Gender Diversity: just a buzzword?
Gender Diversity: just a buzzword?
Gender diversity should be much more than a buzzword, however in today’s current climate it is far from a reality. Despite numerous studies proving that gender diversity is advantageous for companies, there is still a lack of women in leadership. In Germany, despite accounting for 46% of the German workforce, only 32% of women hold supervisory positions and 25% of managerial positions. For us at Glasford International and other Executive Search companies the issue this poses is a leak of female executives in the talent pool to provide a gender-balanced short list to diversity-conscious clients.
One of the key factors that contributes to the lack of diversity in the German workplace is gender segregation. Although gender equality is improving in Germany, the Gender Equality Index 2017 (of the European Institute for Gender Equality (EIGE)) named gender segregation as the main factor impeding equality in the domain of work.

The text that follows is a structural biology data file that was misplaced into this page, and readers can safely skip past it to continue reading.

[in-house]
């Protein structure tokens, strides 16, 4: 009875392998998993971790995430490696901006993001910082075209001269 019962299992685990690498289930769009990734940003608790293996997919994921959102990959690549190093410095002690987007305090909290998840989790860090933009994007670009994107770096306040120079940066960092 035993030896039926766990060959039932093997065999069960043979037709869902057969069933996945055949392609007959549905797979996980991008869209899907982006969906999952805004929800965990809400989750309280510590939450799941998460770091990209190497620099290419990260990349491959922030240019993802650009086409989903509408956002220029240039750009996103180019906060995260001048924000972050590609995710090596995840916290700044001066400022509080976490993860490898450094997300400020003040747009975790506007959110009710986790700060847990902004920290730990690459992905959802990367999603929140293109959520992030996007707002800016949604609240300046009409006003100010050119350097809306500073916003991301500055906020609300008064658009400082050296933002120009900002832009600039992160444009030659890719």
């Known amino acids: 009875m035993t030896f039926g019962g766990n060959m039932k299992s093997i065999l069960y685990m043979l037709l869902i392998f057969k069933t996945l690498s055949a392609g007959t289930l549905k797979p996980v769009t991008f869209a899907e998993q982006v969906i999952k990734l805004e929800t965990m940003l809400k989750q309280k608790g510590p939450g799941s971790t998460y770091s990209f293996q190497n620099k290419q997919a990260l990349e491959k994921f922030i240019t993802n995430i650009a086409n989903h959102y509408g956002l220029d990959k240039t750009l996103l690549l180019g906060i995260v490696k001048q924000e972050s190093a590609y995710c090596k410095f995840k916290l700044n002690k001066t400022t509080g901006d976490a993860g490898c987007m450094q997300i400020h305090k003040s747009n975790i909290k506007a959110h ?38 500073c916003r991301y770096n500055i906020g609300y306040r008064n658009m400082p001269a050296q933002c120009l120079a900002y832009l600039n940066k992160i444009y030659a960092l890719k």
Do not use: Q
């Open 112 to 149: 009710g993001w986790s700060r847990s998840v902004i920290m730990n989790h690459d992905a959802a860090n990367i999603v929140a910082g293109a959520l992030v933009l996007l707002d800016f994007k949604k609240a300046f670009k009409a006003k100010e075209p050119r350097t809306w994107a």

The Gender Equality Index (GEI), published by the European Institute for Gender Equality, measures gender gaps between men and women in six domains (work, money, knowledge, time, power and health) in order to effectively examine the progress and challenges in achieving gender equality in the EU. Each EU Member State are then assigned scores between one for total inequality and 100 for full equality. Although gender equality is improving in Germany, its most recent 2017 evaluation shows that it is below average compared to the rest of the EU (65.5 vs. 66.2). The report states, “…gender segregation in the labour market is a reality for both women and men. Nearly 31% of women compared to 9% of men work in education, human health and social work activities (EHW). Six times more men (38%) than women (6%) work in science, technology, engineering and mathematics (STEM) occupations.”